This is an interesting depiction of a teenage girl who is primarily positive — a characteristic rarely seen consistently throughout a young adult narrative. Raised by her supportive, single father, his attractiveness suddenly opens the door for her to attend a “cool kid’s” birthday pool party. But even more shockingly, she doesn’t try to conform to meet their standards and even defends her geeky gift. She’s also a child of social media and has her own vlog through which she tries to encourage others to be positive and outgoing. This movie feels like an anomaly in sea of pictures about bullying, teen suicide, addiction and disorders, and serves as a nice (potentially naïve) reminder that sometimes kids are just kids.
Special features include: commentary with director Bo Burnham and actress Elsie Fisher; deleted scenes; “You’re Not Alone: Life in Eighth Grade”; and music video. (Lionsgate Home Entertainment)
The Evil Dead (4K Ultra HD, Blu-ray and Digital copy)
Lionsgate Home Entertainment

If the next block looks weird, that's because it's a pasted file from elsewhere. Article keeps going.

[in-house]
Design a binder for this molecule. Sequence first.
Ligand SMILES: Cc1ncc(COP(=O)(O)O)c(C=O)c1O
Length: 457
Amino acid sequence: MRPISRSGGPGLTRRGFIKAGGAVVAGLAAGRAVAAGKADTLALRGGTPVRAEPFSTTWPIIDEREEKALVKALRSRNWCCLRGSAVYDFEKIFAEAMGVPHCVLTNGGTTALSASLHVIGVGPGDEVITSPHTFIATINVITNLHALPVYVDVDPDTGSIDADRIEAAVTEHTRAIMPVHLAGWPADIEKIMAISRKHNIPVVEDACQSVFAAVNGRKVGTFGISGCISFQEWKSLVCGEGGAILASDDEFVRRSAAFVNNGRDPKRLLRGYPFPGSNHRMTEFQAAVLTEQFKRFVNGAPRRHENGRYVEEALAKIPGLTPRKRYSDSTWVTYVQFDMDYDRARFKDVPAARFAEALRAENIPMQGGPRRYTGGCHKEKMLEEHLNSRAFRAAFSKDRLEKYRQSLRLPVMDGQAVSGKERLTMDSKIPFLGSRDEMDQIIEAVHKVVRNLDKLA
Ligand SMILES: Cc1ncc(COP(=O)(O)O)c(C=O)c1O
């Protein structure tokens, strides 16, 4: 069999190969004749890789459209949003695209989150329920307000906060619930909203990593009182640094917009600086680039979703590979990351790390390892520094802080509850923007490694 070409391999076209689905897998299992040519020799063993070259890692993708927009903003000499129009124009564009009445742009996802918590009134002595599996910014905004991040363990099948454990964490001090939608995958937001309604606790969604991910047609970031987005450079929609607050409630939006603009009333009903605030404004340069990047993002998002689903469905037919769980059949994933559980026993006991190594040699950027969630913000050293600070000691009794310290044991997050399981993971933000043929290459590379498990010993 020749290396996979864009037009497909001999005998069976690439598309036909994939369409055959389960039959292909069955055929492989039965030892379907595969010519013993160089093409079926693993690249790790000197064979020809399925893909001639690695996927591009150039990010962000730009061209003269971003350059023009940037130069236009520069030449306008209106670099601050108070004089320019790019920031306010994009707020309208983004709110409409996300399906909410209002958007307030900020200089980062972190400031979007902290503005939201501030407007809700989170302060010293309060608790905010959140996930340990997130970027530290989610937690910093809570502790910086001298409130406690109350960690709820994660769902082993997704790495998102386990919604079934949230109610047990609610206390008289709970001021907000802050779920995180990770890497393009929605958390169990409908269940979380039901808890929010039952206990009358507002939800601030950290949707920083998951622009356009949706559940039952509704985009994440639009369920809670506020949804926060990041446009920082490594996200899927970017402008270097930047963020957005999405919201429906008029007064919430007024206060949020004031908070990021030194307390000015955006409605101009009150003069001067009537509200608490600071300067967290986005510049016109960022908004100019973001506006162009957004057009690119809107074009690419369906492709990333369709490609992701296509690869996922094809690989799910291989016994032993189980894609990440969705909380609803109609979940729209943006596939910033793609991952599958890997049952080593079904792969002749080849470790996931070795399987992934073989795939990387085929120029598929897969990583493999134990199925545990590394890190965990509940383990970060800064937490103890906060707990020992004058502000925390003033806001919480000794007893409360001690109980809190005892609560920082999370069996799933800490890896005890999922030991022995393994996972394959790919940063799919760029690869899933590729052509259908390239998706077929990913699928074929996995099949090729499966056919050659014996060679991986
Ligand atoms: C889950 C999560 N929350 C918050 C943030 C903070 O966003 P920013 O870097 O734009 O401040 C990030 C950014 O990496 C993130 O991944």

Five friends travel to a cabin in the woods, where they unknowingly release flesh-possessing demons.
Sam Raimi and Bruce Campbell launched their careers with this horror movie that relished in blood and gore, and making its leading man miserable. The film is frightening, but also finds humour through its smart-mouthed Deadites. It’s incredibly quotable and Ash is a blue collar hero audiences really enjoy throwing their support behind. Moreover, he’s a bit of a screw-up, so watching him blunder through these precise rituals and haphazardly fight his possessed friends is amusing. Through nearly 40 years, the film spawned several sequels and an equally entertaining TV series that recently concluded, demonstrating the timelessness of the original picture.